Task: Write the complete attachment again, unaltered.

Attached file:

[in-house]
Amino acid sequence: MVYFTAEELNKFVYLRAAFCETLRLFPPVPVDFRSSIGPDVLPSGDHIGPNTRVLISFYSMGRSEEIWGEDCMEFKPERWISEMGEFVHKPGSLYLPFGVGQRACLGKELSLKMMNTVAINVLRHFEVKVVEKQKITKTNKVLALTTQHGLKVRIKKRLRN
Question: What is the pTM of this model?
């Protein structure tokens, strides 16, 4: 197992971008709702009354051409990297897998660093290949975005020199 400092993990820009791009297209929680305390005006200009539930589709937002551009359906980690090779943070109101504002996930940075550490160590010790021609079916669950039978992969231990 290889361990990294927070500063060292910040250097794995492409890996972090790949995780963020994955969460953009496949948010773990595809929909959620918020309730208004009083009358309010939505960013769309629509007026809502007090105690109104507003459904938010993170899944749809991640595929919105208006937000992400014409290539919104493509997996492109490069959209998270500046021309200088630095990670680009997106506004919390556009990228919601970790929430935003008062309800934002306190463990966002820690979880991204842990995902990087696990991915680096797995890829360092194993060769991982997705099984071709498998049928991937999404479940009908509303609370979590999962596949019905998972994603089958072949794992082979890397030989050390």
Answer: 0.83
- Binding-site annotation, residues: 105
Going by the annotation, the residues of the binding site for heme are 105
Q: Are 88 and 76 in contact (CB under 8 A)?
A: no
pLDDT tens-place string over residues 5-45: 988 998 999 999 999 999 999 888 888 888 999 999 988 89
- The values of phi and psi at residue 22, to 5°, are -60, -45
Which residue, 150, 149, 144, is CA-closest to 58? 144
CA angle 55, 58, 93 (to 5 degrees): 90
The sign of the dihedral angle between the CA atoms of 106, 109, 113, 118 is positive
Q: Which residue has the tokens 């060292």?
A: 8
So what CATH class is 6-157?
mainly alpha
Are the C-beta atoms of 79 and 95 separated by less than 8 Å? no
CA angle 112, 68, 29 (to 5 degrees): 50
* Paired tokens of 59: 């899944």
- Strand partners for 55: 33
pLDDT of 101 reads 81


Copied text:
[in-house]
Amino acid sequence: MVYFTAEELNKFVYLRAAFCETLRLFPPVPVDFRSSIGPDVLPSGDHIGPNTRVLISFYSMGRSEEIWGEDCMEFKPERWISEMGEFVHKPGSLYLPFGVGQRACLGKELSLKMMNTVAINVLRHFEVKVVEKQKITKTNKVLALTTQHGLKVRIKKRLRN
Question: What is the pTM of this model?
């Protein structure tokens, strides 16, 4: 197992971008709702009354051409990297897998660093290949975005020199 400092993990820009791009297209929680305390005006200009539930589709937002551009359906980690090779943070109101504002996930940075550490160590010790021609079916669950039978992969231990 290889361990990294927070500063060292910040250097794995492409890996972090790949995780963020994955969460953009496949948010773990595809929909959620918020309730208004009083009358309010939505960013769309629509007026809502007090105690109104507003459904938010993170899944749809991640595929919105208006937000992400014409290539919104493509997996492109490069959209998270500046021309200088630095990670680009997106506004919390556009990228919601970790929430935003008062309800934002306190463990966002820690979880991204842990995902990087696990991915680096797995890829360092194993060769991982997705099984071709498998049928991937999404479940009908509303609370979590999962596949019905998972994603089958072949794992082979890397030989050390």
Answer: 0.83
- Binding-site annotation, residues: 105
Going by the annotation, the residues of the binding site for heme are 105
Q: Are 88 and 76 in contact (CB under 8 A)?
A: no
pLDDT tens-place string over residues 5-45: 988 998 999 999 999 999 999 888 888 888 999 999 988 89
- The values of phi and psi at residue 22, to 5°, are -60, -45
Which residue, 150, 149, 144, is CA-closest to 58? 144
CA angle 55, 58, 93 (to 5 degrees): 90
The sign of the dihedral angle between the CA atoms of 106, 109, 113, 118 is positive
Q: Which residue has the tokens 């060292």?
A: 8
So what CATH class is 6-157?
mainly alpha
Are the C-beta atoms of 79 and 95 separated by less than 8 Å? no
CA angle 112, 68, 29 (to 5 degrees): 50
* Paired tokens of 59: 């899944």
- Strand partners for 55: 33
pLDDT of 101 reads 81